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Private tenants

Find out more about having a fixed-term tenancy, as well as your rights and responsibilities as a private tenant.

Your tenancy agreement sets out your legal rights and responsibilities as a tenant.

You’ll receive a copy of the agreement when you sign up to your tenancy and you should check the specific rights and responsibilities listed. As it’s a legal document, you should keep it safe in case you need it in the future.

Fixed-term tenancies

A fixed-term tenancy lasts for an agreed number of years, usually one, two, or three years. At the end of your tenancy, you may have the option to agree a new fixed-term tenancy.

Periodic tenancies

If a further fixed term isn’t agreed at the end of your tenancy, you’ll automatically move to a periodic tenancy. These are month-to-month contracts based on the terms of your previous agreement, but without the security of a fixed-term tenancy.

Joint tenancies

A joint tenancy allows more than one person to rent a home. Under a joint tenancy, a single rent is paid  and all the named tenants have joint rights and responsibilities. This means that if there's a breach by one person, it results in a breach by all tenants.

 Rights and responsibilities 


Although the property is owned by us, it’s your home and you have the right to live in it without interruption from us, as long as you keep to the terms of your tenancy agreement.


There are a number of things you agree to as part of your tenancy agreement, such as:

  • paying your rent and service charges on time
  • treating your neighbours with consideration and respect
  • dealing with pests, such as mice or rats.


We’re responsible for the structure of your property, communal areas, and any fixtures and fittings we supplied. For example, we’ll look after:

  • plumbing
  • electric heating
  • communal areas, like entrances or lifts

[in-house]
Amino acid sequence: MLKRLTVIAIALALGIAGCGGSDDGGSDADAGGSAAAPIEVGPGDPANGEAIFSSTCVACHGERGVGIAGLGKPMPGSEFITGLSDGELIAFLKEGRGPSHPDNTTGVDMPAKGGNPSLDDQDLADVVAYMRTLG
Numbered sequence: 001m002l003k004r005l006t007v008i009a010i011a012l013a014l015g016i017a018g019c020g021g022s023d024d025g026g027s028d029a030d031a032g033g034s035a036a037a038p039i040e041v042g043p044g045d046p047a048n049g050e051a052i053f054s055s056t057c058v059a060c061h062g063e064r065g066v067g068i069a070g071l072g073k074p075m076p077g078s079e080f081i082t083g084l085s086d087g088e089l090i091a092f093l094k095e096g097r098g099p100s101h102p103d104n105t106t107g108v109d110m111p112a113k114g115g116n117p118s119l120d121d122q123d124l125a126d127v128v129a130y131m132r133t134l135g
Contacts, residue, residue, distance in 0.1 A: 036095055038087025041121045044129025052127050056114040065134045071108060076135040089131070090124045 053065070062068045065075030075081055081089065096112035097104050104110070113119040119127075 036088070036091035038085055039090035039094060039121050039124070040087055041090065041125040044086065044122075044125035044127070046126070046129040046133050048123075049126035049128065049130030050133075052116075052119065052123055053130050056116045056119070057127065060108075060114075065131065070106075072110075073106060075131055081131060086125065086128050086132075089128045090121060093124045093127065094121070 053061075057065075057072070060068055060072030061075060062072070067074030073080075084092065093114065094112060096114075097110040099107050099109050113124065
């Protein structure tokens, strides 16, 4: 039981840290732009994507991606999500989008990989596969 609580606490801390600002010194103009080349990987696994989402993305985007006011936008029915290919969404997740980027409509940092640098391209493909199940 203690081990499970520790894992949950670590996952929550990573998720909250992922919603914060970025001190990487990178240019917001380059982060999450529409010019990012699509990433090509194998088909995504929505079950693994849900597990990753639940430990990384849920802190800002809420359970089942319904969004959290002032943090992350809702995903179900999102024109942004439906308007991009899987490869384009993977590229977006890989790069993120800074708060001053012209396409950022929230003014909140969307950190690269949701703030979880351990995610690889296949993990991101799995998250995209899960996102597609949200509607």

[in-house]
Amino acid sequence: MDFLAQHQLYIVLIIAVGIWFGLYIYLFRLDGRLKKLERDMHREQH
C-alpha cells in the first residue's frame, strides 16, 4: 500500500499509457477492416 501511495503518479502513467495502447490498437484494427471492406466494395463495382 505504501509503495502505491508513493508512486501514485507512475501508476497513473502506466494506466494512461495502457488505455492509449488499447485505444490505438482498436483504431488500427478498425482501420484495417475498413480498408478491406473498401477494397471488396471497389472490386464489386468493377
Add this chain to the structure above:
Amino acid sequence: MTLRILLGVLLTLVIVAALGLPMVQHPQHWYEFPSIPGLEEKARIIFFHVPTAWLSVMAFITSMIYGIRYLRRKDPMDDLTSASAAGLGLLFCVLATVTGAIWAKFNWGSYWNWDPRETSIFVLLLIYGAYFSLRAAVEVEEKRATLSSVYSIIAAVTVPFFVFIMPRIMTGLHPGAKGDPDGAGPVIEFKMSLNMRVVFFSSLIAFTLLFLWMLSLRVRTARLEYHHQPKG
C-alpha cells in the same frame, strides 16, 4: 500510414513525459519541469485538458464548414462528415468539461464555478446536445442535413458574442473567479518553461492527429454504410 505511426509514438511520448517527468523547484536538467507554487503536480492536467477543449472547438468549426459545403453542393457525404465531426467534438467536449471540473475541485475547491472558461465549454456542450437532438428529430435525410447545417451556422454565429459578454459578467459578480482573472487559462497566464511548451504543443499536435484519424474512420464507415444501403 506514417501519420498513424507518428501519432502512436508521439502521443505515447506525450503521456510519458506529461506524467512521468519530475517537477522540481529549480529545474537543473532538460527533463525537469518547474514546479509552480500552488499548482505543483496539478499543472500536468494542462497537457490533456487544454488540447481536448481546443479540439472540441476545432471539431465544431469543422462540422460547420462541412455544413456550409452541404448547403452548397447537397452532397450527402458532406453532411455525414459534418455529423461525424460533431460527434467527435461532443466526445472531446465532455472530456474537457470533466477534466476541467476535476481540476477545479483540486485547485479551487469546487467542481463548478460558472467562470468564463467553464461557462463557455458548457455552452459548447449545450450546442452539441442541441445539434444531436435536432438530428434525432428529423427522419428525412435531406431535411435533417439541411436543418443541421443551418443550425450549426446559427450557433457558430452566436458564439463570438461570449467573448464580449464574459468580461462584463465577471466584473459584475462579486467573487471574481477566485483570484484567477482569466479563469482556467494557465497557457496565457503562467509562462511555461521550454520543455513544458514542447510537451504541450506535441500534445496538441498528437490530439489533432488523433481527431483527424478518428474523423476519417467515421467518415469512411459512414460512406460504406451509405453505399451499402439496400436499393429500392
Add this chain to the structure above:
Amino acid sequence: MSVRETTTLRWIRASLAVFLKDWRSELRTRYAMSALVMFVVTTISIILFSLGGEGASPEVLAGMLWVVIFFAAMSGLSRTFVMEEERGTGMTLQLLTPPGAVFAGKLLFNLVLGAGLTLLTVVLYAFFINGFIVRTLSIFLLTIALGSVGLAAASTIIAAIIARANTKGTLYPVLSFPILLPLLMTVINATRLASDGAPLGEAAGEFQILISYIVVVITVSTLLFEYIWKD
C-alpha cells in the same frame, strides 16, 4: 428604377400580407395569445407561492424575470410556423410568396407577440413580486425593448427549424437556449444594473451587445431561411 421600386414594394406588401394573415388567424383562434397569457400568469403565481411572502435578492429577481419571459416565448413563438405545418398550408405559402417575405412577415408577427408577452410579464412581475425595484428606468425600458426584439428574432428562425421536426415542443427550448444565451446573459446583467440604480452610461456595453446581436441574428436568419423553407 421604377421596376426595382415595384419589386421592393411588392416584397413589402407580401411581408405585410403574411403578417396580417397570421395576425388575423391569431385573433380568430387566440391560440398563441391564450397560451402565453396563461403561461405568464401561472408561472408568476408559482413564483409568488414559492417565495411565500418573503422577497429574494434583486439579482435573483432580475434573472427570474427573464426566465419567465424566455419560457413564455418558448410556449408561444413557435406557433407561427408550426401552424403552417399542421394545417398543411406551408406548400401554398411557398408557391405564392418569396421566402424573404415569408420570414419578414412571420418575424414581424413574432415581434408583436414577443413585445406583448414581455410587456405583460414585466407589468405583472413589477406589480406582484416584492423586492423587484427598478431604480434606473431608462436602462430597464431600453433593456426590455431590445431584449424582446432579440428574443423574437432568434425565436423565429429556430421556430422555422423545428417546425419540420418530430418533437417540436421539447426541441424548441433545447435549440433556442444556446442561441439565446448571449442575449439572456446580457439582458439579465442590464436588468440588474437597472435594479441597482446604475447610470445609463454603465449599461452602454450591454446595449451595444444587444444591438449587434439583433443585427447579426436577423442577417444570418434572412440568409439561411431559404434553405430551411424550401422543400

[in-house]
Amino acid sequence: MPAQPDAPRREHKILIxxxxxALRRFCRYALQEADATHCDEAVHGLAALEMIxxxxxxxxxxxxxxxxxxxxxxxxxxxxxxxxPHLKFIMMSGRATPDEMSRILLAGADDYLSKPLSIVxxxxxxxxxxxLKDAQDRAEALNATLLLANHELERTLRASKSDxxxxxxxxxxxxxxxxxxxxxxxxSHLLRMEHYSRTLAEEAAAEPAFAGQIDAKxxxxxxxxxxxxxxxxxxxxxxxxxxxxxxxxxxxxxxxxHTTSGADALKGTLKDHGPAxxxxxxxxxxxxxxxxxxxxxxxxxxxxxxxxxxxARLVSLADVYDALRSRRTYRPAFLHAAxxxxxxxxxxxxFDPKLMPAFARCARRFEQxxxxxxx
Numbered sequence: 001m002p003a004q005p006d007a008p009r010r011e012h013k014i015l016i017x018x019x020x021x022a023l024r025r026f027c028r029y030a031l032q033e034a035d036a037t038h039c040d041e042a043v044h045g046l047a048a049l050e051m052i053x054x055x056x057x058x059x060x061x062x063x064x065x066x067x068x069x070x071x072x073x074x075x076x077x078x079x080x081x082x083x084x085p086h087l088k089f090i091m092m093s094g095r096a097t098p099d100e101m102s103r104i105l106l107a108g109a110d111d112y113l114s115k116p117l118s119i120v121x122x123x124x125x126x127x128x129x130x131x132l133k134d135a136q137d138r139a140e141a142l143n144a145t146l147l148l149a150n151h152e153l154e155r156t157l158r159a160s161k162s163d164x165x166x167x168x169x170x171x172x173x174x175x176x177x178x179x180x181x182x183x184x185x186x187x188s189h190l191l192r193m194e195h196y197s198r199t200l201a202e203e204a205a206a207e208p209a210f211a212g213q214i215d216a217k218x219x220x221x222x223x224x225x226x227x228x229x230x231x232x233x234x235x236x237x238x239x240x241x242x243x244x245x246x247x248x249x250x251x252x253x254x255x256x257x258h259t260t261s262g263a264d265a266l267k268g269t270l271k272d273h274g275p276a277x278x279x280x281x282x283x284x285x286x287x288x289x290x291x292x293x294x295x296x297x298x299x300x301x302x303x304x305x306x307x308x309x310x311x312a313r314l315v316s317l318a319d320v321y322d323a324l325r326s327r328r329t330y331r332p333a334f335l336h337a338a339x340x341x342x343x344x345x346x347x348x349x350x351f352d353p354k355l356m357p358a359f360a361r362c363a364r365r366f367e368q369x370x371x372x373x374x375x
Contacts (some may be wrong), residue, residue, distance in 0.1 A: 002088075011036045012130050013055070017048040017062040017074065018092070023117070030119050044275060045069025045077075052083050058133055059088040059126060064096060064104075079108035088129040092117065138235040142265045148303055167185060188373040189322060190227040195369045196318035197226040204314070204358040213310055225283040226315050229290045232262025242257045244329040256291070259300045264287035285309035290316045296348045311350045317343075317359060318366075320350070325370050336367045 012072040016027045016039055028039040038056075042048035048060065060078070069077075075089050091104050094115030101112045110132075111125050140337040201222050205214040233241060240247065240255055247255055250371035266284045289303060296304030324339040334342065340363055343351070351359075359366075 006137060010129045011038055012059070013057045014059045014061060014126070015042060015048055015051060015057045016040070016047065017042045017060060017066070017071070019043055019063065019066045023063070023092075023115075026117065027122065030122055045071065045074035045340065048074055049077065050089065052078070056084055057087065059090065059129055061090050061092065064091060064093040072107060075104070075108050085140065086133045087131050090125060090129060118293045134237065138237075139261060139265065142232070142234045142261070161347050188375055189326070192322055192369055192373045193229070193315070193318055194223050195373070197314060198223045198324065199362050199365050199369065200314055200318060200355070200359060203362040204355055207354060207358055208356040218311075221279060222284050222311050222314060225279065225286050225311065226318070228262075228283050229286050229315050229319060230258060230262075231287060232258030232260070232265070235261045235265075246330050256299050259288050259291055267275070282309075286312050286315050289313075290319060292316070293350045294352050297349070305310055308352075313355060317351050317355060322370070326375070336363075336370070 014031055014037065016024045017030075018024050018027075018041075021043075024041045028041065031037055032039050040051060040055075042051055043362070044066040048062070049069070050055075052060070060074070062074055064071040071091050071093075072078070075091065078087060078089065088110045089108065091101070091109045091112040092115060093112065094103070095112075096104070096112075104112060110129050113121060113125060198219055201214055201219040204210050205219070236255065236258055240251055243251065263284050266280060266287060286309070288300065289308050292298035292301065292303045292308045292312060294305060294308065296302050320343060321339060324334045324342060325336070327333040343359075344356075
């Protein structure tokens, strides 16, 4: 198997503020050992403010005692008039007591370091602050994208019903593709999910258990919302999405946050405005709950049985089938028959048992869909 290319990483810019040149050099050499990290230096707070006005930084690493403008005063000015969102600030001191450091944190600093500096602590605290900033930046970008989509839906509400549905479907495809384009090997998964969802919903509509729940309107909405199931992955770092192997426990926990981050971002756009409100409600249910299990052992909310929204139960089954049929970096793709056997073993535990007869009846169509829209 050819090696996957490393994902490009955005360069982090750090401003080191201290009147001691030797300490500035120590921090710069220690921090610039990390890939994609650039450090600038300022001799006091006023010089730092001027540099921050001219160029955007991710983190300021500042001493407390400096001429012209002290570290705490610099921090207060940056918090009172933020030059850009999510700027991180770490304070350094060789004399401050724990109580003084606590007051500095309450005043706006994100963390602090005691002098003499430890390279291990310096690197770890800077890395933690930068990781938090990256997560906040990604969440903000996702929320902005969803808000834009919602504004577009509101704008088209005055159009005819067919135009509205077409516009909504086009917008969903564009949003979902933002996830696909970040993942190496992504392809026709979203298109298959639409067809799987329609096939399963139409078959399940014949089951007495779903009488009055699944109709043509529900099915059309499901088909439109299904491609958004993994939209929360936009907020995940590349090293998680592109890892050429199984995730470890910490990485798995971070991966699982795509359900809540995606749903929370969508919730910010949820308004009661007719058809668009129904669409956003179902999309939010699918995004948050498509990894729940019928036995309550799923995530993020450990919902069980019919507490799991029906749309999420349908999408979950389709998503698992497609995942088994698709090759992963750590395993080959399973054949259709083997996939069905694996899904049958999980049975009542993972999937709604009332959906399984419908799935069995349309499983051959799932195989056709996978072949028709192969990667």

• roofs, gutters, and drains
  • keeping your home secure and weatherproof.

You’re responsible for interior decoration, looking after your garden, and maintaining any goods you bring into your home. This means you have to look after things like door handles, locks, and blocked sinks.

Ending your tenancy

Your individual tenancy agreement sets out how and when you can end your tenancy. Usually, you’ll have to send us written notice in line with your tenancy’s agreed notice period. You can’t end your tenancy during a fixed-term tenancy, unless your agreement contains an agreed break clause.

After you give us notice, we’ll phone you to chat everything through. We’ll then send you a written reply within three working days that confirms the last day of your tenancy. This will also include the date and time of your check-out inventory, which is usually on your last day.

Getting your deposit back

The check-out inventory compares the condition of the property with the inventory done when you moved in. If there are any issues, we’ll discuss them on the day and let you know of any potential deductions from your deposit. Any deductions will then be confirmed in writing within three days.

We then complete the landlord part of the deposit release process with the Deposit Protection Service (DPS), while you complete the tenant part on the DPS website. The DPS then releases your deposit. If there’s a disagreement over your deposit repayment, you should raise a dispute with the DPS.

Deposit Protection Service:

Getting your deposit back

To end a fixed-term joint tenancy, all the named tenants must sign the written notice.

If your fixed term has ended and your joint tenancy has become a periodic tenancy, one person can end the tenancy as a whole.

Anyone wanting to remain in the property will need to complete a new application process before the end of the notice period.